Although the Kievan Rus’ began to fragment by the twelfth century, the Rurik dynasty continued to rule parts of Rus’ until the establishment of the Tsardom of Russia – originally known as the Tsardom of Rus’ – in the sixteenth century.
The first Tsar, crowned in 1547, was Ivan IV – Ivan the Terrible – who assumed the title of “Tsar and Grand Duke of all Rus’.” (Incidentally, “terrible” meant, in those days, something like “formidable” or “fearsome,” not evil or awful.) The reason Ivan was Ivan IV, even though he was the first Tsar, is because Ivan was the current ruler of the Rurik dynasty – the fourth Ivan to rule it.
After the collapse of the Tsars and the victory of the Bolsheviks, Ukraine became one of the founding republics of the Soviet Union and remained part of the USSR until, during World War II, Ukraine came under the control of the Third Reich. During that period nearly 1.5 million Ukrainian Jews were murdered by the Germans and their Ukrainian Nazi collaborators.
Ukraine was administered during the war by the Nazi, Erich Koch, and the “Hero of Ukraine,” Stephen Bandera, was a Nazi collaborator. When Putin tries to justify his invasion as an anti-Nazi initiative, this is what he is referring to.
Following Germany’s loss in World War II, Ukraine again became part of the USSR and remained there until the Soviet collapse in 1991. At that time Ukraine finally, after 1,000 years, became a fully independent country separate and distinct from Russia.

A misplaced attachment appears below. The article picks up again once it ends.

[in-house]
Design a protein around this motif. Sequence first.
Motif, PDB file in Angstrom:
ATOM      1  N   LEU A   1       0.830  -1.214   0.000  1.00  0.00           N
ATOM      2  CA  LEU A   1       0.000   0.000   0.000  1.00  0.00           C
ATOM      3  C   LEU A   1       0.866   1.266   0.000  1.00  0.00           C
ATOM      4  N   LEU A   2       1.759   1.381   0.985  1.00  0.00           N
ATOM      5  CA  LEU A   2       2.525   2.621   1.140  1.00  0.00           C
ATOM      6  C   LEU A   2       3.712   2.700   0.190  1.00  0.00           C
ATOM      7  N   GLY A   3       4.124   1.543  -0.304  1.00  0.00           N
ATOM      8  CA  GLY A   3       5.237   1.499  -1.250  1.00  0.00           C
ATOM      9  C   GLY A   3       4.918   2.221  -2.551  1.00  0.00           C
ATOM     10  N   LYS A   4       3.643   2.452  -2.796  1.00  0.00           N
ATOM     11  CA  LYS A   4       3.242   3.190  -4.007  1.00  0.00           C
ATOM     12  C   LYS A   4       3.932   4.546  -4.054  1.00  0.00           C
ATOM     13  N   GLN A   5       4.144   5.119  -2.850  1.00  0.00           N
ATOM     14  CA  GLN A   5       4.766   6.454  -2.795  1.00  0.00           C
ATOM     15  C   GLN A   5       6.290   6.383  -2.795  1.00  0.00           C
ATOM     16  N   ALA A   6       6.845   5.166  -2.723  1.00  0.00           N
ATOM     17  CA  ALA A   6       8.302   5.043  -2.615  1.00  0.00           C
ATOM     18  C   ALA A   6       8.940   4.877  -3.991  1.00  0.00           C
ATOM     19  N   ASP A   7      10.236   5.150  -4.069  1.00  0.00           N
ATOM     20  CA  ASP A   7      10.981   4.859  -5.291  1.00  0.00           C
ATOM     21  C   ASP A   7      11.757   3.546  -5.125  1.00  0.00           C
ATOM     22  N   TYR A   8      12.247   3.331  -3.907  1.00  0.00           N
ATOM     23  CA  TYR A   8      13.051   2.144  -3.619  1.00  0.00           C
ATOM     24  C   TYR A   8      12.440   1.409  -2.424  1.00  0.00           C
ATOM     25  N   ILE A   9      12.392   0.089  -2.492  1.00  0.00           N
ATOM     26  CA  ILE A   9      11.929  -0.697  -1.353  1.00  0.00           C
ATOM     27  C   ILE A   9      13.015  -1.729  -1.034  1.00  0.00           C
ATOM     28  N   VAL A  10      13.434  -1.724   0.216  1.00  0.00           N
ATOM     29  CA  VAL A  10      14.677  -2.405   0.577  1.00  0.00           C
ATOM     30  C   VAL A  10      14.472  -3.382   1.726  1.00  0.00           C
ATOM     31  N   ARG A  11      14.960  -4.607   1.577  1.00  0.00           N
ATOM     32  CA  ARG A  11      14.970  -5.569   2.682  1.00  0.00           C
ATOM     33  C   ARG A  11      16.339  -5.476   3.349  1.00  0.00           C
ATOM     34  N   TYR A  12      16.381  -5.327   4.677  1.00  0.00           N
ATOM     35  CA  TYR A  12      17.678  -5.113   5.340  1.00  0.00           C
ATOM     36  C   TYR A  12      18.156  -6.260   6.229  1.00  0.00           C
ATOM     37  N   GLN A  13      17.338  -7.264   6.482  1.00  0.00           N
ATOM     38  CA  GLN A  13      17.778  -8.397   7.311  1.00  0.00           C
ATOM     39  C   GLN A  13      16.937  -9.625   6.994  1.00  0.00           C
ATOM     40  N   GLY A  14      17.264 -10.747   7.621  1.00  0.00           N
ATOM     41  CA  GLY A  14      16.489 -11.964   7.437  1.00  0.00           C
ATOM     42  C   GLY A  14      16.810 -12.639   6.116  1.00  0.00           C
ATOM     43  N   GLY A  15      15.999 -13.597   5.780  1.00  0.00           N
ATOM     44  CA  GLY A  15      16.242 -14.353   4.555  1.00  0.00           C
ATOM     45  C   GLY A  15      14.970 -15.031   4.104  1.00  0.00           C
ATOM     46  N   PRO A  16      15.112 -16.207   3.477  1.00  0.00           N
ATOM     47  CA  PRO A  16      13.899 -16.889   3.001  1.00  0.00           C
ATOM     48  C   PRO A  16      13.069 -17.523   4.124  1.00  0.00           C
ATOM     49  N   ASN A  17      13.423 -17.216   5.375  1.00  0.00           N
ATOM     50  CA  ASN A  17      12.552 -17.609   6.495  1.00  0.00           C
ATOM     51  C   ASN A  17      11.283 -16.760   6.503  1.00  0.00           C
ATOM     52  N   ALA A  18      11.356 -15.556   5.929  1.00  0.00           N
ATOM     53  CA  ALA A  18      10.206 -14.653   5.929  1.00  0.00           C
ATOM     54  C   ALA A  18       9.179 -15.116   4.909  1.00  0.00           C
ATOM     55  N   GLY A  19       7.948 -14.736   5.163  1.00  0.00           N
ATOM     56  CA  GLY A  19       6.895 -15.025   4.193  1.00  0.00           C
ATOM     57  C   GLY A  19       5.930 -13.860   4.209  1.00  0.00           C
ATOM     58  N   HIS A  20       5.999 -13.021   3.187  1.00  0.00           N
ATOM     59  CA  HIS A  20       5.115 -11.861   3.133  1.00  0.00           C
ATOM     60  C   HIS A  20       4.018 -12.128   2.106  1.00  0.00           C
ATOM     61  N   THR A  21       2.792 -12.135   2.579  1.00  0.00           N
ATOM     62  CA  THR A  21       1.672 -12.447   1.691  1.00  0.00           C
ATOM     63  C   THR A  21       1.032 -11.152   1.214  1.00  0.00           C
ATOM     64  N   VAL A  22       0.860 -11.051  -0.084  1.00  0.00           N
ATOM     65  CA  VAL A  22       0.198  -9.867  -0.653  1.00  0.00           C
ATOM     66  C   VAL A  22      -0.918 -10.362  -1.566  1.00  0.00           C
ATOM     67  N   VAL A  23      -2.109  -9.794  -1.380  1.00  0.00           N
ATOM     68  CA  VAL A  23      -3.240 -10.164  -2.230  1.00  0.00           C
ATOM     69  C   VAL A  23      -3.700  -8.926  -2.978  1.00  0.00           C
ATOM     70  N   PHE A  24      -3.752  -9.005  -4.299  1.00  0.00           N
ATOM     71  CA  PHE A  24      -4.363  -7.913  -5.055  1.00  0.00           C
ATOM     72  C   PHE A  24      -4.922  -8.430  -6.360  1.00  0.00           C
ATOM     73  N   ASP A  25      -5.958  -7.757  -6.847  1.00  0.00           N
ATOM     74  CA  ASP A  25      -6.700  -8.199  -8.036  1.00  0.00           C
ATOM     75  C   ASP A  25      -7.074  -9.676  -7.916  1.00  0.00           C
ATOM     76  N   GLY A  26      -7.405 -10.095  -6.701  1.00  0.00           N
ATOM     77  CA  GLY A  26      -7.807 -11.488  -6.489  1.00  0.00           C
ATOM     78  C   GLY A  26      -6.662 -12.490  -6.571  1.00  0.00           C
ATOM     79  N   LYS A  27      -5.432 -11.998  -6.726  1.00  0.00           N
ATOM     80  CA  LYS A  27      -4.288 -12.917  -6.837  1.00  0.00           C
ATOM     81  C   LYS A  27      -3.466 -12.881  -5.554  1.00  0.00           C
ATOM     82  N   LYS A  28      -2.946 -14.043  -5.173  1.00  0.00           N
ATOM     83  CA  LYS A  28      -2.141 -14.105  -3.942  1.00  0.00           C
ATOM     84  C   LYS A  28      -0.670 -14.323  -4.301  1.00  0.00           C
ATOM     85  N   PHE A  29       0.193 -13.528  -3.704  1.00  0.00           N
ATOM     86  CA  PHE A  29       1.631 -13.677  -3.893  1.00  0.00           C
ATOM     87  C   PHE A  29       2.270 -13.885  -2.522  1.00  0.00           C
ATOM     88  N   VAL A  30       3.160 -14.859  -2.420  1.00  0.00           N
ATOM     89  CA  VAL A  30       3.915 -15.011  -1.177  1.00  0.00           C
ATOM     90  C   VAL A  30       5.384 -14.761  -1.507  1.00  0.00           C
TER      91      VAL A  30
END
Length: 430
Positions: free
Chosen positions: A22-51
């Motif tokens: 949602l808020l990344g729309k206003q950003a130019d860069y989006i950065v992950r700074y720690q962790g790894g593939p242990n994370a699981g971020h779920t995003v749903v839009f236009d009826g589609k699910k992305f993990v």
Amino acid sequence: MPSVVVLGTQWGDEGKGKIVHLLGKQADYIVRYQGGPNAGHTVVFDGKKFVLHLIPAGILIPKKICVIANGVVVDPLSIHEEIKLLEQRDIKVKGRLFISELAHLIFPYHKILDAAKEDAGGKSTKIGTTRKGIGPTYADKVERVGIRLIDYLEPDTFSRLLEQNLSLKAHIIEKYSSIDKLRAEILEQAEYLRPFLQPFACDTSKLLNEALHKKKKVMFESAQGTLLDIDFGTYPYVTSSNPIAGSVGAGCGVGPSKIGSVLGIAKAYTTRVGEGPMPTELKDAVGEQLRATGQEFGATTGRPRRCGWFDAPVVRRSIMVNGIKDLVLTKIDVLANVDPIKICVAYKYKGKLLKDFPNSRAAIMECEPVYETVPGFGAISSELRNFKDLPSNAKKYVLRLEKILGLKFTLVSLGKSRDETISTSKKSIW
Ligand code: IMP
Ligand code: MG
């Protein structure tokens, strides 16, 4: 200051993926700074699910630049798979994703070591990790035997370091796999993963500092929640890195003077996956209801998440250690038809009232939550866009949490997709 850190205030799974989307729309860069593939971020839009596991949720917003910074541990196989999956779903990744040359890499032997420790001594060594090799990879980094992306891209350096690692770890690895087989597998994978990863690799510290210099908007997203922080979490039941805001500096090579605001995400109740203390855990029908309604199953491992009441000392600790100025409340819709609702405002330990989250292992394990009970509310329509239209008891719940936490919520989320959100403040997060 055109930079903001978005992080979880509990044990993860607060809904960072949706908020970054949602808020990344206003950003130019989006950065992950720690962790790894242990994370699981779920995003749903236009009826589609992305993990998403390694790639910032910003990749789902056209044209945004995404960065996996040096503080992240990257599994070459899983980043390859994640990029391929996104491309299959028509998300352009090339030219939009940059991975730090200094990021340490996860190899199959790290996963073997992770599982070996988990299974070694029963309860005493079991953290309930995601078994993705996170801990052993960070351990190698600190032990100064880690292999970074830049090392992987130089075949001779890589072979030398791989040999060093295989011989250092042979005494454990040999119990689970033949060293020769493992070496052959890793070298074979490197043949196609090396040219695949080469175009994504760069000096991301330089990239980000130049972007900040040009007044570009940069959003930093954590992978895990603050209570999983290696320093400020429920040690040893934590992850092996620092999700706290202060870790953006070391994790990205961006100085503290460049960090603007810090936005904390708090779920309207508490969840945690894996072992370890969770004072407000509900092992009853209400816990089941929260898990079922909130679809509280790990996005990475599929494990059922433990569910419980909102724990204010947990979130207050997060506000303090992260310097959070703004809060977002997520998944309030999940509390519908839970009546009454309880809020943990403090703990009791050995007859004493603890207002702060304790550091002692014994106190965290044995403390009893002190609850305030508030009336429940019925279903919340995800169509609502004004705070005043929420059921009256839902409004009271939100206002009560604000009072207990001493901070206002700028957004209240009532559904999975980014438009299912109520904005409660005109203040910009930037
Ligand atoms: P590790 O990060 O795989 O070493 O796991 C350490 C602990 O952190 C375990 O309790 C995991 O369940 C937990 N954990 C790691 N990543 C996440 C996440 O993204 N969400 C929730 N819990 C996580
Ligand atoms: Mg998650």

For the next two decades, however, Ukraine floundered. It endured an eight-year-long recession, with the economy contracting 20% in some years. The country was politically unstable, with mounting widespread public corruption and Russian aggression in the Crimea and Donbas. Even the election of Volodymyr Zelensky didn’t improve matters much – just before the Russian invasion Zelensky’s approval rating was 25%.
In other words, Ukraine has been independent for roughly three decades – and more or less ungovernable during that time – after being intensely integrated with Russia for 12 centuries. None of this is to justify Putin’s aggression, of course. The war is plainly illegal under international law and Russia’s strategies and tactics may well constitute war crimes.
In a very real sense, Ukraine only became a true, united country during and as a result of the Russian invasion. The incredible courage of the Ukrainian people, and the remarkable wartime leadership of President Zelensky, appear to have accomplished what more than 1,000 years of history could not.
Still, had we paid more attention to Ukraine’s long association with Russia, we might have conducted ourselves in ways that would have been far less likely to result in war. As it is, the war is likely to be settled on lines that limit Ukraine’s independence, reduce its territory, and undermine its ability to turn westward and join NATO. We didn’t need a war and the deaths of thousands of people to accomplish that.
Next up: A Coat of Varnish, Part 2